Running Cramps: the Most Inconvenient Running Buddy

Running Cramps: the Most Inconvenient Running Buddy

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Running cramps! Why do runners get them and how do you deal with them on the fly? This illusive side effect of exercise may seem simple and fleeting in theory, but its effects are more than inconvenient during training.

Hours and hours have been spent trying to work out exactly how and why we experience running cramping. Cramping is not only limited to activity, as ladies will know, but getting your body moving seems to put you at a higher risk of getting a cramp or two.

Enough limping to the roadside!

While some minor cramps are more of a nuisance than a threat to your health, cramping in the wrong place at the wrong time and have disastrous effects. Muscles cramps in runner happen most often in the legs, stomach and sides. While predicting when and where you are going to cramp up is difficult – if not impossible – medical professional have a few tips of preventative measures for avoiding cramps.

Why do runners get cramps?

Dehydration and Sodium Loss

Professor Tim Noakes, M.D., Ph.D., D.Sc., has recently spoken against dehydration and sodium loss as a main culprit behind cramping. Research shows that ultramarathon runners show little to no change in electrolyte levels before and after a race.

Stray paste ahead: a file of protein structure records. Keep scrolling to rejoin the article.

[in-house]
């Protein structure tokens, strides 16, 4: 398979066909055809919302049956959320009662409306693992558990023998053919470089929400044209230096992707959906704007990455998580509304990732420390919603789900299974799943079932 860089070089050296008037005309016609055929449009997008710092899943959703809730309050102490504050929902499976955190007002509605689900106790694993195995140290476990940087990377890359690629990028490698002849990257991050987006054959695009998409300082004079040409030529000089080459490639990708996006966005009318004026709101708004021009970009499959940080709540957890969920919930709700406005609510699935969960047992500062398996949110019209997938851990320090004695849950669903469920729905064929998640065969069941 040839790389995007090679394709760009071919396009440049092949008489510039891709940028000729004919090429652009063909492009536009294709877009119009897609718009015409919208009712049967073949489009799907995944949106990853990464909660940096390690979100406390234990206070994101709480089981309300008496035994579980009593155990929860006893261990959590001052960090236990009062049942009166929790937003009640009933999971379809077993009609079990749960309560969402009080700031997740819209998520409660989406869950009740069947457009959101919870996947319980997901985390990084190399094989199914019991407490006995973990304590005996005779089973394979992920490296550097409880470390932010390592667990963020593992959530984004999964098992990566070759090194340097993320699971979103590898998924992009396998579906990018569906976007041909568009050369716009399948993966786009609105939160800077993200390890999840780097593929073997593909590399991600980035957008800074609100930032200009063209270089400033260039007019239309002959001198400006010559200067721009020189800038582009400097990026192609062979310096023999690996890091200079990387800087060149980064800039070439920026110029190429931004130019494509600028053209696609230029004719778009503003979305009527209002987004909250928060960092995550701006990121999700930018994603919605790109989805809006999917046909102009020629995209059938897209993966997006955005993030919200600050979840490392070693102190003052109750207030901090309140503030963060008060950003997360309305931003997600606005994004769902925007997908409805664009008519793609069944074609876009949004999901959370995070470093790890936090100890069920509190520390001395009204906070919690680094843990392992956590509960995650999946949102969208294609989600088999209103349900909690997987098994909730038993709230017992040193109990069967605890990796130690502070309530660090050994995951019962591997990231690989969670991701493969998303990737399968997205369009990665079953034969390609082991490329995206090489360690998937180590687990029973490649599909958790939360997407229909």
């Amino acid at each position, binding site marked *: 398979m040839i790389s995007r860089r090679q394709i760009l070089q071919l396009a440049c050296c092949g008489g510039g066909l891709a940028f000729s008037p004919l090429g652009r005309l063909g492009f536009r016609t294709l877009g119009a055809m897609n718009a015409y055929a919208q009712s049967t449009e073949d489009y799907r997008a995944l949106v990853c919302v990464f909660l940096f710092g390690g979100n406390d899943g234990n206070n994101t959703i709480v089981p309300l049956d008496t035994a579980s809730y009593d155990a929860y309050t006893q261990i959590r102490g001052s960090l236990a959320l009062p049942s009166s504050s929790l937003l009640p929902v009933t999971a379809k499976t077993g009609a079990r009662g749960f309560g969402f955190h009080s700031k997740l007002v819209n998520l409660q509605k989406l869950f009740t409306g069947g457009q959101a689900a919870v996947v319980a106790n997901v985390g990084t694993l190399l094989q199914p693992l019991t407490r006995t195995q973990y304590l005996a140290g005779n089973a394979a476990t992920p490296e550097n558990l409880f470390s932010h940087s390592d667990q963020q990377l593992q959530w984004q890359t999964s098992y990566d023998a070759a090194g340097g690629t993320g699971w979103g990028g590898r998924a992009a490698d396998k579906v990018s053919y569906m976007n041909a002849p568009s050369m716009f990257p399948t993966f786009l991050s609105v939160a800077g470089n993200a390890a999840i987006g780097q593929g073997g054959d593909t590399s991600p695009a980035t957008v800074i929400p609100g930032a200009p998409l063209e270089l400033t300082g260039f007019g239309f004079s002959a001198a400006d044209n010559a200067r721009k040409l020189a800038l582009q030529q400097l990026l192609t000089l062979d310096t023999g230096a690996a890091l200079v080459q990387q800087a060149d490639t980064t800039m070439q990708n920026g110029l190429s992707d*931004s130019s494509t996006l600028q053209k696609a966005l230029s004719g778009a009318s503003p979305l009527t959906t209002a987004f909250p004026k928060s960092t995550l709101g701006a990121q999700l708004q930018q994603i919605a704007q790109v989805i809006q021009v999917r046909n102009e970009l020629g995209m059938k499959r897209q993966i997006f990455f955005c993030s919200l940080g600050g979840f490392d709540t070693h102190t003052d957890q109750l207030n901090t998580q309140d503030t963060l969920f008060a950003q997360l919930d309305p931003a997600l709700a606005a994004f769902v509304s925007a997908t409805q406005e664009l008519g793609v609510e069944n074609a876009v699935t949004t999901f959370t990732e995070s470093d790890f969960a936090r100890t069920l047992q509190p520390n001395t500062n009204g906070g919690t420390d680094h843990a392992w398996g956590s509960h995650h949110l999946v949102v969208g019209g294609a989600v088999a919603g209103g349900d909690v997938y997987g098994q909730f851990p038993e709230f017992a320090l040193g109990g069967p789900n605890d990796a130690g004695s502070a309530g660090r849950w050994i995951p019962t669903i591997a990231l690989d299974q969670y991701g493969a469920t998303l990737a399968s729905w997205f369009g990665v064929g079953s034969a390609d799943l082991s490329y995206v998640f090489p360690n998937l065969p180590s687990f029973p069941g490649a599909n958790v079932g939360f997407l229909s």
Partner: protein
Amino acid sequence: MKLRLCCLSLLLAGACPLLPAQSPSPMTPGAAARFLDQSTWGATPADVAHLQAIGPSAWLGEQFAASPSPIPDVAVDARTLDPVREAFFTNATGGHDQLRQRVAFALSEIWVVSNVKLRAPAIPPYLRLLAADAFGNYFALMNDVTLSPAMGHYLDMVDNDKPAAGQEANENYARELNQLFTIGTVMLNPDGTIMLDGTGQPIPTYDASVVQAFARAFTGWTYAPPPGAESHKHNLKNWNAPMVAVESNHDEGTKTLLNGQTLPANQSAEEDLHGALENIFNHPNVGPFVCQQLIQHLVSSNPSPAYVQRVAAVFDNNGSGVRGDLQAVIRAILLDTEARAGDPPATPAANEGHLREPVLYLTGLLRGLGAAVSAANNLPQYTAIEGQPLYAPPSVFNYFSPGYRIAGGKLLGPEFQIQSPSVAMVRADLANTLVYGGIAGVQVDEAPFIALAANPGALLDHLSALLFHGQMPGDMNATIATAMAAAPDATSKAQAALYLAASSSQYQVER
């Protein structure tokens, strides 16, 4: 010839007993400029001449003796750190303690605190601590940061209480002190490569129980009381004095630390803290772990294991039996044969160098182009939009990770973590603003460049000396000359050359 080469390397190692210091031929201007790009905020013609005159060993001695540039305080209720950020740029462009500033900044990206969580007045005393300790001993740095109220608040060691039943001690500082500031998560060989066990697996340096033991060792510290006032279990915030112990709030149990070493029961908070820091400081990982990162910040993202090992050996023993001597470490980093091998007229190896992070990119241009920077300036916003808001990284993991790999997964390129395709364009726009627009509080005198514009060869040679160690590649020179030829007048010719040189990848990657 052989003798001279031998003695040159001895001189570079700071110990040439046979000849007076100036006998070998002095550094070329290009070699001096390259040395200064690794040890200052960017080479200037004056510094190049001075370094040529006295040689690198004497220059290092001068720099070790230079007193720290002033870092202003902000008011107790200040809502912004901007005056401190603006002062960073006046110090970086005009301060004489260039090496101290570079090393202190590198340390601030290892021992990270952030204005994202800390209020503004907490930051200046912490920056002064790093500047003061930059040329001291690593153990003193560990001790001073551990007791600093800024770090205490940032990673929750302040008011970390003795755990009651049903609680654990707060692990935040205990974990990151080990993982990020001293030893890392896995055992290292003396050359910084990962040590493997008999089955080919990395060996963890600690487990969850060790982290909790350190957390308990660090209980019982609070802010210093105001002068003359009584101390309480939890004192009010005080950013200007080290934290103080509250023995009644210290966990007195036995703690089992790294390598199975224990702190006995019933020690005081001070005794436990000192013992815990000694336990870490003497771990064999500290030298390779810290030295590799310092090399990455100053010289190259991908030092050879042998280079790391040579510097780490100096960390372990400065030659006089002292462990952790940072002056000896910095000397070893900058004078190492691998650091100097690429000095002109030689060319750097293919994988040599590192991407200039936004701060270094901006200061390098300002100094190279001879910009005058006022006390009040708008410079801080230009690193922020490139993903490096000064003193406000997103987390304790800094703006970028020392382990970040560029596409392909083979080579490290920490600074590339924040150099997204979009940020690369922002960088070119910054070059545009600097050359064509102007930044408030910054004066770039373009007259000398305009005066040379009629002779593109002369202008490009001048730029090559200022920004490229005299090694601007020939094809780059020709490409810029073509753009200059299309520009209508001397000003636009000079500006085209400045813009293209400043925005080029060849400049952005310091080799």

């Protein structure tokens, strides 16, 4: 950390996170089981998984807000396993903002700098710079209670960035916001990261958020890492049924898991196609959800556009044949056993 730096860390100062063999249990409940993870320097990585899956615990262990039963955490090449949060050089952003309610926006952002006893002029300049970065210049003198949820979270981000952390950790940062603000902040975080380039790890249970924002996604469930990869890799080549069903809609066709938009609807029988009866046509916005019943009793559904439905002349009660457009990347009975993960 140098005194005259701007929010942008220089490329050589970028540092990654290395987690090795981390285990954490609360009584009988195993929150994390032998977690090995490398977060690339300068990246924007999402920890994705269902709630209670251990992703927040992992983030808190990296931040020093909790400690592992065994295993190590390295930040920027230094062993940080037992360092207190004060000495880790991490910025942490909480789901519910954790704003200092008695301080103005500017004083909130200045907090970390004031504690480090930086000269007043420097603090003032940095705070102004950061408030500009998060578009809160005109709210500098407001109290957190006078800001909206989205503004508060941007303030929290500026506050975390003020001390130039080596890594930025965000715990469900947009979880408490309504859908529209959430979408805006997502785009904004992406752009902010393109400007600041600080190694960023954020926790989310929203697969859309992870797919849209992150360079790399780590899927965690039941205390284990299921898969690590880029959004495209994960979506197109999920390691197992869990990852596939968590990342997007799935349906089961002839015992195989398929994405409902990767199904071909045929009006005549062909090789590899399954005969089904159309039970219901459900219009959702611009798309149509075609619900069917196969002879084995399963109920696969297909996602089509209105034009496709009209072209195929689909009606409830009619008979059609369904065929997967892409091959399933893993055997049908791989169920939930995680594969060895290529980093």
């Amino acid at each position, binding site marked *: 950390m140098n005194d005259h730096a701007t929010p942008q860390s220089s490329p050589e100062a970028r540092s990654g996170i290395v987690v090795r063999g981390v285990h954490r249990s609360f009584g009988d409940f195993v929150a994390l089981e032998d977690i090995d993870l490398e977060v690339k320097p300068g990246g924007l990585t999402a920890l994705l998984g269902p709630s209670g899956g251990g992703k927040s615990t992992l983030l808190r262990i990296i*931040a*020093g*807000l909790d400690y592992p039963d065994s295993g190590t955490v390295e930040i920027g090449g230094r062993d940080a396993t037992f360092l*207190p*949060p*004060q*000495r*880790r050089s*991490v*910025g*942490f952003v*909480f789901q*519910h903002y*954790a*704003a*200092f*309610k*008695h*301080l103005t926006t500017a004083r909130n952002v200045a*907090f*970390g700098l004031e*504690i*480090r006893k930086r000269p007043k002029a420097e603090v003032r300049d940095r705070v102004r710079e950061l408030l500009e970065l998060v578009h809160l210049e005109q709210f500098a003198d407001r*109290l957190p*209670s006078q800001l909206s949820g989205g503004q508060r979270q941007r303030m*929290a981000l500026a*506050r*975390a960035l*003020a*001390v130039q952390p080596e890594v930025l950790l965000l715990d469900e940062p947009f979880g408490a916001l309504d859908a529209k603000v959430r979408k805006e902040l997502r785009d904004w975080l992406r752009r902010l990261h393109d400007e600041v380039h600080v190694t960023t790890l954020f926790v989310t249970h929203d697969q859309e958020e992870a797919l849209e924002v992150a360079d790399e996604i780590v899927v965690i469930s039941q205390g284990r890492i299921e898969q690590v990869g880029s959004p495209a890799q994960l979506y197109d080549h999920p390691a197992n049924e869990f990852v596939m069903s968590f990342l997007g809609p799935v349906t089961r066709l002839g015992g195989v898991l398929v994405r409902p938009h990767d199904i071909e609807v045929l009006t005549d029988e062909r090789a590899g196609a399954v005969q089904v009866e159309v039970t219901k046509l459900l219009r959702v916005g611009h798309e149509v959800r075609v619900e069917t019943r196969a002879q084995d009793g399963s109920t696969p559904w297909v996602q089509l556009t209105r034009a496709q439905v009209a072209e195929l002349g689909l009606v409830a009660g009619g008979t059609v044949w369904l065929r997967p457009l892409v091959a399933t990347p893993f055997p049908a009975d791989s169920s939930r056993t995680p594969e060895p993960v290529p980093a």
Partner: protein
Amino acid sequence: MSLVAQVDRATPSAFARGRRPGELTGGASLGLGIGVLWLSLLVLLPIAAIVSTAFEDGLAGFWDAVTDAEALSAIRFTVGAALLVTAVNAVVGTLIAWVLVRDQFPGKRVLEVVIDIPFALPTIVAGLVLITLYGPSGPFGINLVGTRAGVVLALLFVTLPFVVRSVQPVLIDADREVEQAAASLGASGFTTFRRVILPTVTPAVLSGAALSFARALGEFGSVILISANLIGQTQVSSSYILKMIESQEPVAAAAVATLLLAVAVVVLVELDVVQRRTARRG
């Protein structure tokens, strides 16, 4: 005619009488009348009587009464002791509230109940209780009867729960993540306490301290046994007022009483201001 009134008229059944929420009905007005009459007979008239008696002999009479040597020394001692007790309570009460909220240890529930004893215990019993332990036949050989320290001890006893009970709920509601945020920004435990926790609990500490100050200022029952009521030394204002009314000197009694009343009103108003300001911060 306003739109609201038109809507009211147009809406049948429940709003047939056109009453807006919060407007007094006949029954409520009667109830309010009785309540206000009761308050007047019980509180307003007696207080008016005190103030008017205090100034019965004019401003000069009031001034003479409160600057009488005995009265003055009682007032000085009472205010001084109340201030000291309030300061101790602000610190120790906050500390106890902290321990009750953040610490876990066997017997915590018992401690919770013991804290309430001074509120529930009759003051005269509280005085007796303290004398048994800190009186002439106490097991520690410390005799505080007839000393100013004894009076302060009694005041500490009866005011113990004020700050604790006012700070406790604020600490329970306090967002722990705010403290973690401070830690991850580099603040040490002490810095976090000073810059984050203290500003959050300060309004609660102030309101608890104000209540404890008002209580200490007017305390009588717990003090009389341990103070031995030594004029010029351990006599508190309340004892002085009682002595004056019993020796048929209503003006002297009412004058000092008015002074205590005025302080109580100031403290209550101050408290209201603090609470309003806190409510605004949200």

Muscle Fatigue

A possible alternative for the dehydration vein of thinking was that it is not dehydration alone that causes cramping, but the effects of bodily dehydration on the muscles. Dehydration and sodium loss leads to muscles fatigue. Expansion on this theory has shown that runners engaging in longer races are more likely to get a cramp due to muscle fatigue.

Preventing running cramps

Train to be strong

Stronger muscles mean less muscle fatigue. Add muscle strength training into your cross-training schedule to prevent cramps in the long run.

Train like you mean it

Training your body to run longer and further will prevent muscles fatigue when it is time for you to shine. This means that training well will lead to a lower likelihood of cramping up during a marathon.

Train to run the race

If you train to run six minutes a kilometre, but run your races at five min/km you muscles are very likely to experience cramping. Your muscles will not be accustom to working that hard and will become fatigued faster.

All in all, the best way to prevent cramping is to avoid situations where you are likely to get cramps. If you find that you cramp more in hot weather, then take it easy in summer. If you find that you start cramping at the 38-40km mark, then ease up during training and on race day.